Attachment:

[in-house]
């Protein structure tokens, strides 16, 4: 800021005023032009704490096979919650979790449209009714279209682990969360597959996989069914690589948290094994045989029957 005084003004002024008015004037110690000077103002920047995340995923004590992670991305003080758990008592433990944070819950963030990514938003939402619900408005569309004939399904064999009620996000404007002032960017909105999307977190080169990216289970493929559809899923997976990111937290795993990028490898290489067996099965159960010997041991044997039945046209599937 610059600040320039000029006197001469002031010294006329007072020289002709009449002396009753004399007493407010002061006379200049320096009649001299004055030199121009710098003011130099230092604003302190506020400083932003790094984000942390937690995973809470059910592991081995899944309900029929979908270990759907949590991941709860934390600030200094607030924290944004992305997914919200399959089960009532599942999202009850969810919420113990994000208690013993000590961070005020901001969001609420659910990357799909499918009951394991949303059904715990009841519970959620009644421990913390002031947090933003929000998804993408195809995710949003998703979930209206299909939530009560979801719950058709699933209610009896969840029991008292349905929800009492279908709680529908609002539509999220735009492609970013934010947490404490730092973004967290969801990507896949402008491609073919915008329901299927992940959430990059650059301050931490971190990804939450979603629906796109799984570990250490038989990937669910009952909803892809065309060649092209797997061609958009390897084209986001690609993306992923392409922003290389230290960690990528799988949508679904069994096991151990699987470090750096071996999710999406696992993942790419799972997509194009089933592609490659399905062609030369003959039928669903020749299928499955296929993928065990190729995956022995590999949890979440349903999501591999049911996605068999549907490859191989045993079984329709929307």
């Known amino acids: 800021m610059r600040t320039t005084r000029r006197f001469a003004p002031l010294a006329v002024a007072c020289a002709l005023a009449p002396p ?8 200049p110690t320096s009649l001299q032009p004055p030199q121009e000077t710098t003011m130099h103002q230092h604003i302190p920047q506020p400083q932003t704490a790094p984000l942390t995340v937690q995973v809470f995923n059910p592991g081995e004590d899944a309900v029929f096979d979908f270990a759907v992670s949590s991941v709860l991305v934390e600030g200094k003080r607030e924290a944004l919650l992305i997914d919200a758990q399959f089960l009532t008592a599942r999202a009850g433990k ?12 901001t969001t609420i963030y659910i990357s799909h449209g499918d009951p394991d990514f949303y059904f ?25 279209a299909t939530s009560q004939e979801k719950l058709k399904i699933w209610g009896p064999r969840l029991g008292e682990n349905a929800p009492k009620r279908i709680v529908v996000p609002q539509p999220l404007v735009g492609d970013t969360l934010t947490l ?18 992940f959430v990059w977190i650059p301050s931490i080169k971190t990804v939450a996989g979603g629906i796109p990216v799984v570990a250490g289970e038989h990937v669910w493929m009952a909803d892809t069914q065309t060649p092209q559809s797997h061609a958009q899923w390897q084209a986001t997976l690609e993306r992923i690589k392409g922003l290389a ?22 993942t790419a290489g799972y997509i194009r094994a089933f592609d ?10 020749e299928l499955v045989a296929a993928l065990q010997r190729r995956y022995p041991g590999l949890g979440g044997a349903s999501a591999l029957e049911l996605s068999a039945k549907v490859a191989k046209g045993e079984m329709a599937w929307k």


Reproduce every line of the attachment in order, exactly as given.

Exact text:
[in-house]
């Protein structure tokens, strides 16, 4: 800021005023032009704490096979919650979790449209009714279209682990969360597959996989069914690589948290094994045989029957 005084003004002024008015004037110690000077103002920047995340995923004590992670991305003080758990008592433990944070819950963030990514938003939402619900408005569309004939399904064999009620996000404007002032960017909105999307977190080169990216289970493929559809899923997976990111937290795993990028490898290489067996099965159960010997041991044997039945046209599937 610059600040320039000029006197001469002031010294006329007072020289002709009449002396009753004399007493407010002061006379200049320096009649001299004055030199121009710098003011130099230092604003302190506020400083932003790094984000942390937690995973809470059910592991081995899944309900029929979908270990759907949590991941709860934390600030200094607030924290944004992305997914919200399959089960009532599942999202009850969810919420113990994000208690013993000590961070005020901001969001609420659910990357799909499918009951394991949303059904715990009841519970959620009644421990913390002031947090933003929000998804993408195809995710949003998703979930209206299909939530009560979801719950058709699933209610009896969840029991008292349905929800009492279908709680529908609002539509999220735009492609970013934010947490404490730092973004967290969801990507896949402008491609073919915008329901299927992940959430990059650059301050931490971190990804939450979603629906796109799984570990250490038989990937669910009952909803892809065309060649092209797997061609958009390897084209986001690609993306992923392409922003290389230290960690990528799988949508679904069994096991151990699987470090750096071996999710999406696992993942790419799972997509194009089933592609490659399905062609030369003959039928669903020749299928499955296929993928065990190729995956022995590999949890979440349903999501591999049911996605068999549907490859191989045993079984329709929307």
């Known amino acids: 800021m610059r600040t320039t005084r000029r006197f001469a003004p002031l010294a006329v002024a007072c020289a002709l005023a009449p002396p ?8 200049p110690t320096s009649l001299q032009p004055p030199q121009e000077t710098t003011m130099h103002q230092h604003i302190p920047q506020p400083q932003t704490a790094p984000l942390t995340v937690q995973v809470f995923n059910p592991g081995e004590d899944a309900v029929f096979d979908f270990a759907v992670s949590s991941v709860l991305v934390e600030g200094k003080r607030e924290a944004l919650l992305i997914d919200a758990q399959f089960l009532t008592a599942r999202a009850g433990k ?12 901001t969001t609420i963030y659910i990357s799909h449209g499918d009951p394991d990514f949303y059904f ?25 279209a299909t939530s009560q004939e979801k719950l058709k399904i699933w209610g009896p064999r969840l029991g008292e682990n349905a929800p009492k009620r279908i709680v529908v996000p609002q539509p999220l404007v735009g492609d970013t969360l934010t947490l ?18 992940f959430v990059w977190i650059p301050s931490i080169k971190t990804v939450a996989g979603g629906i796109p990216v799984v570990a250490g289970e038989h990937v669910w493929m009952a909803d892809t069914q065309t060649p092209q559809s797997h061609a958009q899923w390897q084209a986001t997976l690609e993306r992923i690589k392409g922003l290389a ?22 993942t790419a290489g799972y997509i194009r094994a089933f592609d ?10 020749e299928l499955v045989a296929a993928l065990q010997r190729r995956y022995p041991g590999l949890g979440g044997a349903s999501a591999l029957e049911l996605s068999a039945k549907v490859a191989k046209g045993e079984m329709a599937w929307k």